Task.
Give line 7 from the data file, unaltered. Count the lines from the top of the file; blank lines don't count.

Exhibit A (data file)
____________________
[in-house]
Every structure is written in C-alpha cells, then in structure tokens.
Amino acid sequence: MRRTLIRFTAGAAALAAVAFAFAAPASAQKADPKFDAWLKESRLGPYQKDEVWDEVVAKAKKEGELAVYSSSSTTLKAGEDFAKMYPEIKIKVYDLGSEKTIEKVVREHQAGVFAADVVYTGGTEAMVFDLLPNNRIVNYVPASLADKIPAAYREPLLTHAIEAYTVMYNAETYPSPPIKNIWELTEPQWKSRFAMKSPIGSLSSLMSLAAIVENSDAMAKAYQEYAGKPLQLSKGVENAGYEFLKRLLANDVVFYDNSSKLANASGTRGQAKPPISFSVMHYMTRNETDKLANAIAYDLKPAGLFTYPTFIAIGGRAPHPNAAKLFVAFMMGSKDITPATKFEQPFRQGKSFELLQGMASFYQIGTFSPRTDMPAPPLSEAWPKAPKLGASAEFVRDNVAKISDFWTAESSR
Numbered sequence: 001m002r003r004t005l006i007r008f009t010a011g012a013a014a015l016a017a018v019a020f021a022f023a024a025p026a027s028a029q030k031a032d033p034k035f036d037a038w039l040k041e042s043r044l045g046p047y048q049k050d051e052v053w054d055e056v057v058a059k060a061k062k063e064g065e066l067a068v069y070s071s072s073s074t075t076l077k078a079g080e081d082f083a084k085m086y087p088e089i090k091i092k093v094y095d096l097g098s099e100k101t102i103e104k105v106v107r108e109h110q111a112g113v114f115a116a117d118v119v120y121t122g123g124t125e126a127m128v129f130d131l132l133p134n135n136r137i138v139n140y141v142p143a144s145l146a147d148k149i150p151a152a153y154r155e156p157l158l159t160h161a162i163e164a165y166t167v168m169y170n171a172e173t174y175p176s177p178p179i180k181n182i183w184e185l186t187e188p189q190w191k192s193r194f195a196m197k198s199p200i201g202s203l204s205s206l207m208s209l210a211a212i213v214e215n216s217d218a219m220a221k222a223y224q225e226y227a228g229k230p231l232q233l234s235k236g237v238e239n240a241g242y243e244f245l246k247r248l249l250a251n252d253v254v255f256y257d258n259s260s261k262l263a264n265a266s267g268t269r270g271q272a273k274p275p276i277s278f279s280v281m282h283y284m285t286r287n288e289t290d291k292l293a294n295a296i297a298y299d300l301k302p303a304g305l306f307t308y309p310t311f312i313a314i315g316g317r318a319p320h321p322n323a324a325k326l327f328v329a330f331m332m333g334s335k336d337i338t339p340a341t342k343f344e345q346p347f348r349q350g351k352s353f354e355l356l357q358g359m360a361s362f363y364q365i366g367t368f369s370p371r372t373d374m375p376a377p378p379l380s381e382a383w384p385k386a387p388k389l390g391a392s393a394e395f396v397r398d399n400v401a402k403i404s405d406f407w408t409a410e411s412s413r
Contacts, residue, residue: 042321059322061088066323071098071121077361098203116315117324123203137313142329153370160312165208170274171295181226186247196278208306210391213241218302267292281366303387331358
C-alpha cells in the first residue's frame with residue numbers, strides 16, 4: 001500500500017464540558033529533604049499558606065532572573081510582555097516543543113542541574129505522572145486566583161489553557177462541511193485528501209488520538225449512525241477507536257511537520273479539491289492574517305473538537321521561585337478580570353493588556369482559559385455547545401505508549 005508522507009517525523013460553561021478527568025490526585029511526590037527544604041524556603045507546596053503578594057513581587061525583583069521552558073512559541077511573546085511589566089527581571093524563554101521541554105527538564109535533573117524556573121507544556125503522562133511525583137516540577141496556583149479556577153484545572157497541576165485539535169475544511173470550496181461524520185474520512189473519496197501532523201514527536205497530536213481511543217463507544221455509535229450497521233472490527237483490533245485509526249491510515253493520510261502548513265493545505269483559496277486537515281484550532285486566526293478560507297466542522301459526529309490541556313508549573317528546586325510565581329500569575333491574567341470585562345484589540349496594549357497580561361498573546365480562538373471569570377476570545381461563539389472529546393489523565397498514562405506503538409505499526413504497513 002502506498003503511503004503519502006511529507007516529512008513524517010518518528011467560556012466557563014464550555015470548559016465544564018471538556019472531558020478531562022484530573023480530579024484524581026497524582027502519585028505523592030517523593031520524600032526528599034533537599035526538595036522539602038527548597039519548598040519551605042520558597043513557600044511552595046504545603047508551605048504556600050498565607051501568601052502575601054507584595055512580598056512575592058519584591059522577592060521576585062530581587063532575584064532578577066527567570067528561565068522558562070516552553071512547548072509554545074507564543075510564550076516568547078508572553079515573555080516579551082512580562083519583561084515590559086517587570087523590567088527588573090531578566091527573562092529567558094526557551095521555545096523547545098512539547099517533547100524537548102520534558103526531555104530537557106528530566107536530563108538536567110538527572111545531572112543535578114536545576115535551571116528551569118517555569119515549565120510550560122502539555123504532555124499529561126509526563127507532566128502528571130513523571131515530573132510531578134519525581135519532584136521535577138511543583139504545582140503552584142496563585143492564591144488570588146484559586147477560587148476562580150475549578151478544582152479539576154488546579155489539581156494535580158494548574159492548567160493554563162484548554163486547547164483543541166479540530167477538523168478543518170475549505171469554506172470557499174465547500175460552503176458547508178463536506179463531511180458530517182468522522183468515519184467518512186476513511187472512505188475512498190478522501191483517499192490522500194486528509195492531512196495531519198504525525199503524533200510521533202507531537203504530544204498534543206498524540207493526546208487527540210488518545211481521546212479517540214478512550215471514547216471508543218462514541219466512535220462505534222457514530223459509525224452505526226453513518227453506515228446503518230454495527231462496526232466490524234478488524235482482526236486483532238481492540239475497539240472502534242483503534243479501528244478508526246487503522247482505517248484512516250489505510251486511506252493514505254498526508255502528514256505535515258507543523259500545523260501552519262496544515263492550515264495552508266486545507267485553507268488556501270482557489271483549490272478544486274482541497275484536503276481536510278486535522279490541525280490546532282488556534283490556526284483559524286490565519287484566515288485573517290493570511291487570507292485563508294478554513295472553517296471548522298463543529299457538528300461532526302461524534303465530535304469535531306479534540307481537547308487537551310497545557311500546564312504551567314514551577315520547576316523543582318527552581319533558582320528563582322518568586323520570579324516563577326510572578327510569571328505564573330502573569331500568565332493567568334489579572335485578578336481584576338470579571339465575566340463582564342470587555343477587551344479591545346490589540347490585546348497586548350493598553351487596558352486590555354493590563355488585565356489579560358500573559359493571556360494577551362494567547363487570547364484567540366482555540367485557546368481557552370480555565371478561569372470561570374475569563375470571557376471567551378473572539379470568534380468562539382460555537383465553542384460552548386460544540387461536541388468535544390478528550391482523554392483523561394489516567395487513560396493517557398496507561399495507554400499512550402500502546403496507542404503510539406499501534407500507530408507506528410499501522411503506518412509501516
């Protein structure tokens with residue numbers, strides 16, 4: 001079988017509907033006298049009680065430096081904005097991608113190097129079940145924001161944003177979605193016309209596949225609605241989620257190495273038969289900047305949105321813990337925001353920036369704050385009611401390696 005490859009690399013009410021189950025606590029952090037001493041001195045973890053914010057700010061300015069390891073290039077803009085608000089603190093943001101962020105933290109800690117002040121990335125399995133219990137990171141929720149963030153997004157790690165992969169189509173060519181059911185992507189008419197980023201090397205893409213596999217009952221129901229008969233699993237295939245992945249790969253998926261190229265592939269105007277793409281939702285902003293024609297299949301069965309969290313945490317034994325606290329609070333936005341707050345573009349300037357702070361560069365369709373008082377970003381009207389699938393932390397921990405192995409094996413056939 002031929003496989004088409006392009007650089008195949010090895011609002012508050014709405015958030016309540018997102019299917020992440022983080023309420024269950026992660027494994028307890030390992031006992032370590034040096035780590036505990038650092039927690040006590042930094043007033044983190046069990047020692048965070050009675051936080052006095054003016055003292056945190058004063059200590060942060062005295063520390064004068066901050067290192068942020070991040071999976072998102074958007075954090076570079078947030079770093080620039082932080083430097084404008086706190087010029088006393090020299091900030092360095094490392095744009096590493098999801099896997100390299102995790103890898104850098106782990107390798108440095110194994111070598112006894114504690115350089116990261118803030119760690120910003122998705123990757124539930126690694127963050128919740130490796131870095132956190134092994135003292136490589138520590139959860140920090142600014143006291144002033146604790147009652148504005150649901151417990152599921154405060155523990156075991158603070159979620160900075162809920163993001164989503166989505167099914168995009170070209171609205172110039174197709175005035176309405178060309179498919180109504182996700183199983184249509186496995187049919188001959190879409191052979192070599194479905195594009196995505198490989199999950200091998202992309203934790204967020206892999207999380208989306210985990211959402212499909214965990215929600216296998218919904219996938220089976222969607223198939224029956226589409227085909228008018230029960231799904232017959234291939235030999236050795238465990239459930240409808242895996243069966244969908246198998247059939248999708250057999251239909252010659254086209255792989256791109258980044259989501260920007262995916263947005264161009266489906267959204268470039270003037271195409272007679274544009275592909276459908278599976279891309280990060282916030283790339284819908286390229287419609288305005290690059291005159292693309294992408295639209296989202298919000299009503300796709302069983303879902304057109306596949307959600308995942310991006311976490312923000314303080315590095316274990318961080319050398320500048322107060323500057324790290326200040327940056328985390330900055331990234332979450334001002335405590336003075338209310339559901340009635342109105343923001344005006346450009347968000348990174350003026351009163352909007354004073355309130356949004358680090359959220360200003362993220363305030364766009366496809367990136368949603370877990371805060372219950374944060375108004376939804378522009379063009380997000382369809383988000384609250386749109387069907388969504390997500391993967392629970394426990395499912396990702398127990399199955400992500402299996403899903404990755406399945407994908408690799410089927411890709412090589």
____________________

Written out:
């Protein structure tokens with residue numbers, strides 16, 4: 001079988017509907033006298049009680065430096081904005097991608113190097129079940145924001161944003177979605193016309209596949225609605241989620257190495273038969289900047305949105321813990337925001353920036369704050385009611401390696 005490859009690399013009410021189950025606590029952090037001493041001195045973890053914010057700010061300015069390891073290039077803009085608000089603190093943001101962020105933290109800690117002040121990335125399995133219990137990171141929720149963030153997004157790690165992969169189509173060519181059911185992507189008419197980023201090397205893409213596999217009952221129901229008969233699993237295939245992945249790969253998926261190229265592939269105007277793409281939702285902003293024609297299949301069965309969290313945490317034994325606290329609070333936005341707050345573009349300037357702070361560069365369709373008082377970003381009207389699938393932390397921990405192995409094996413056939 002031929003496989004088409006392009007650089008195949010090895011609002012508050014709405015958030016309540018997102019299917020992440022983080023309420024269950026992660027494994028307890030390992031006992032370590034040096035780590036505990038650092039927690040006590042930094043007033044983190046069990047020692048965070050009675051936080052006095054003016055003292056945190058004063059200590060942060062005295063520390064004068066901050067290192068942020070991040071999976072998102074958007075954090076570079078947030079770093080620039082932080083430097084404008086706190087010029088006393090020299091900030092360095094490392095744009096590493098999801099896997100390299102995790103890898104850098106782990107390798108440095110194994111070598112006894114504690115350089116990261118803030119760690120910003122998705123990757124539930126690694127963050128919740130490796131870095132956190134092994135003292136490589138520590139959860140920090142600014143006291144002033146604790147009652148504005150649901151417990152599921154405060155523990156075991158603070159979620160900075162809920163993001164989503166989505167099914168995009170070209171609205172110039174197709175005035176309405178060309179498919180109504182996700183199983184249509186496995187049919188001959190879409191052979192070599194479905195594009196995505198490989199999950200091998202992309203934790204967020206892999207999380208989306210985990211959402212499909214965990215929600216296998218919904219996938220089976222969607223198939224029956226589409227085909228008018230029960231799904232017959234291939235030999236050795238465990239459930240409808242895996243069966244969908246198998247059939248999708250057999251239909252010659254086209255792989256791109258980044259989501260920007262995916263947005264161009266489906267959204268470039270003037271195409272007679274544009275592909276459908278599976279891309280990060282916030283790339284819908286390229287419609288305005290690059291005159292693309294992408295639209296989202298919000299009503300796709302069983303879902304057109306596949307959600308995942310991006311976490312923000314303080315590095316274990318961080319050398320500048322107060323500057324790290326200040327940056328985390330900055331990234332979450334001002335405590336003075338209310339559901340009635342109105343923001344005006346450009347968000348990174350003026351009163352909007354004073355309130356949004358680090359959220360200003362993220363305030364766009366496809367990136368949603370877990371805060372219950374944060375108004376939804378522009379063009380997000382369809383988000384609250386749109387069907388969504390997500391993967392629970394426990395499912396990702398127990399199955400992500402299996403899903404990755406399945407994908408690799410089927411890709412090589």